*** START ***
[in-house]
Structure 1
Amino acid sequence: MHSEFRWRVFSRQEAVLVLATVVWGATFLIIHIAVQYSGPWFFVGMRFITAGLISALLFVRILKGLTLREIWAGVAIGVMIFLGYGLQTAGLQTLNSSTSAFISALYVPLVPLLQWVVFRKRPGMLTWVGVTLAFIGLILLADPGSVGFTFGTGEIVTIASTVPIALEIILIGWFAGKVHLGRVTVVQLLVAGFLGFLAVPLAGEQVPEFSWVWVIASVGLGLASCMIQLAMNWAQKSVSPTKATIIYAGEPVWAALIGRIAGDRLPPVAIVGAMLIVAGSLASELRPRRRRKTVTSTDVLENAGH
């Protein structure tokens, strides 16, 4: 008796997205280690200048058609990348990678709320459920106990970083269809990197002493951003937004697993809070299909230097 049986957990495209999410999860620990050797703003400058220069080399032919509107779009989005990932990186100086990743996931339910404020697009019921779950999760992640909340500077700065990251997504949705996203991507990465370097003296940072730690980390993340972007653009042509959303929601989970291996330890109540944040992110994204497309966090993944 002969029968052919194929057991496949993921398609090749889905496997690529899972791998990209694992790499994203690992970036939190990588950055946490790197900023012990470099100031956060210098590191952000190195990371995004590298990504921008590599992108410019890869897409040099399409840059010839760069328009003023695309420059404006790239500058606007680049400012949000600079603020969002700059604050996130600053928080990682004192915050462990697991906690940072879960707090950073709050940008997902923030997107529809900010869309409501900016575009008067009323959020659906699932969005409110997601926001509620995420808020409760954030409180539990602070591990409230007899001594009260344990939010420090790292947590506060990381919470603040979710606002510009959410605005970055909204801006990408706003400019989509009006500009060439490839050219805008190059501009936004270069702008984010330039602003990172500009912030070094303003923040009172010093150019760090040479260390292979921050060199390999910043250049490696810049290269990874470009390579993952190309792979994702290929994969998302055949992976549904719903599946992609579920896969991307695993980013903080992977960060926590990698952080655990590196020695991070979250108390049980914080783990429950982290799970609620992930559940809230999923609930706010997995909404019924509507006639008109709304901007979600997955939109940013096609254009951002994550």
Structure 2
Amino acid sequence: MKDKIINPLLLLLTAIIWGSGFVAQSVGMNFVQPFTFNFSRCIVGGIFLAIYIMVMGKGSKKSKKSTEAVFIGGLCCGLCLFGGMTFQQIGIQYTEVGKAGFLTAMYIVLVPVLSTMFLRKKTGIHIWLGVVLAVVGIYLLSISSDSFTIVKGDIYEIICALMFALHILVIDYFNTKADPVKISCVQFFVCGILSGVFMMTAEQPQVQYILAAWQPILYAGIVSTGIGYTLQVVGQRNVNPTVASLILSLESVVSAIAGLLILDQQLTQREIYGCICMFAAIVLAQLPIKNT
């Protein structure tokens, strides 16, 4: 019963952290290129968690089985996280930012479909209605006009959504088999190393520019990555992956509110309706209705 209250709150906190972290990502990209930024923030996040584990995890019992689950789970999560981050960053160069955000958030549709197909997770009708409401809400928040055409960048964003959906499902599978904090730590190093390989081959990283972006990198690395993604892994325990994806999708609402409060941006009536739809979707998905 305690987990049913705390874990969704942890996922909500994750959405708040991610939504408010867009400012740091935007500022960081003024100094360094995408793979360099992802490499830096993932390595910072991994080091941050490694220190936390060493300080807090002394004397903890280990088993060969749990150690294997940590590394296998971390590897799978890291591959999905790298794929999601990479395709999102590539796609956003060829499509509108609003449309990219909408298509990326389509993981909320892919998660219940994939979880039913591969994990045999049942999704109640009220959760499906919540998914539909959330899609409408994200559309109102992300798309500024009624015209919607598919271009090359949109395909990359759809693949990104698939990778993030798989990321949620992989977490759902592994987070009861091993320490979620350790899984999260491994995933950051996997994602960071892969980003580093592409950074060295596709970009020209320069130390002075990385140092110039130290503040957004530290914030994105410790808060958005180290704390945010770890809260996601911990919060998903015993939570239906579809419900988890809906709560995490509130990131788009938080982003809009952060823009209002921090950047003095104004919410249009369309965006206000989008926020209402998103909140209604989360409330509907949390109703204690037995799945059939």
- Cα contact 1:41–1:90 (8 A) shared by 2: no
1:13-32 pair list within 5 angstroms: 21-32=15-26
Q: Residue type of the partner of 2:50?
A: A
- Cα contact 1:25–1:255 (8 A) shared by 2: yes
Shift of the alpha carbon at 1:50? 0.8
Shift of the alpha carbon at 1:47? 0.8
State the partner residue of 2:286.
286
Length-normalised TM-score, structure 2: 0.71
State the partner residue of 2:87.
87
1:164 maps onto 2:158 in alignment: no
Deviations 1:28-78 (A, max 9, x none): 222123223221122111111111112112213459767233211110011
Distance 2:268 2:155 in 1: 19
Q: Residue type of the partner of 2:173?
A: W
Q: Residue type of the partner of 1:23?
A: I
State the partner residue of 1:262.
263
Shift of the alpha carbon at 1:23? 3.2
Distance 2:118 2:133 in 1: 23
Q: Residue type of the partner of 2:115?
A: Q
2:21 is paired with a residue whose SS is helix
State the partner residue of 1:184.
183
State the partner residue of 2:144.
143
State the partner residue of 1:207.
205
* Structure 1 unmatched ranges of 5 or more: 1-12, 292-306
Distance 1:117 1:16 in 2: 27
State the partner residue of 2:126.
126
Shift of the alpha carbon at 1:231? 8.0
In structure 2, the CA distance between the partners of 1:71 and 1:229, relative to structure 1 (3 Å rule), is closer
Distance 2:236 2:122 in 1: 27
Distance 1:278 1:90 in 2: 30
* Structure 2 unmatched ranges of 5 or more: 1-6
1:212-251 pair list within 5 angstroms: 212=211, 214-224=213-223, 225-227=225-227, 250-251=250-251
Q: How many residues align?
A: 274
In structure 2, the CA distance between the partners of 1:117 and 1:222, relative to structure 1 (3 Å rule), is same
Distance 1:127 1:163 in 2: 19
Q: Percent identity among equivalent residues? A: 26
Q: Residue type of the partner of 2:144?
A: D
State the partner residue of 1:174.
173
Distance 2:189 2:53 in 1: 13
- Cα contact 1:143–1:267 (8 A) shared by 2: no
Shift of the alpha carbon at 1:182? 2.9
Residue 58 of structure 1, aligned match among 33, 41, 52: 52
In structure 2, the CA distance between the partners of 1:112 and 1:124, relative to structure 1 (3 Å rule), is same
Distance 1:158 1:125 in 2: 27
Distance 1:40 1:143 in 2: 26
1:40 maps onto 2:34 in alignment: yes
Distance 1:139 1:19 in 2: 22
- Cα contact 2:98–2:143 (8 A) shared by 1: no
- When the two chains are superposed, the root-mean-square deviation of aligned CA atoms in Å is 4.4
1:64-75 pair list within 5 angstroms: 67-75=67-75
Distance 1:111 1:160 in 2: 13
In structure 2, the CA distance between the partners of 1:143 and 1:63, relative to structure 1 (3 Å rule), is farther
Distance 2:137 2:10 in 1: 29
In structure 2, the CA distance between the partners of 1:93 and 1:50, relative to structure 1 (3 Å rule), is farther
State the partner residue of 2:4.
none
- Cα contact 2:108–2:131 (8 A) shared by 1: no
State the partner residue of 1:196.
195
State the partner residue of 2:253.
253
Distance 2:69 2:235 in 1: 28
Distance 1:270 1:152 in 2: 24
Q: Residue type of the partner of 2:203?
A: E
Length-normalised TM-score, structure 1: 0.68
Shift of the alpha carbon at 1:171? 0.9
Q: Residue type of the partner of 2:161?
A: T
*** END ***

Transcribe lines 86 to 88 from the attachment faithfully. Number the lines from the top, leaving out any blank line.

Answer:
Length-normalised TM-score, structure 1: 0.68
Shift of the alpha carbon at 1:171? 0.9
Q: Residue type of the partner of 2:161?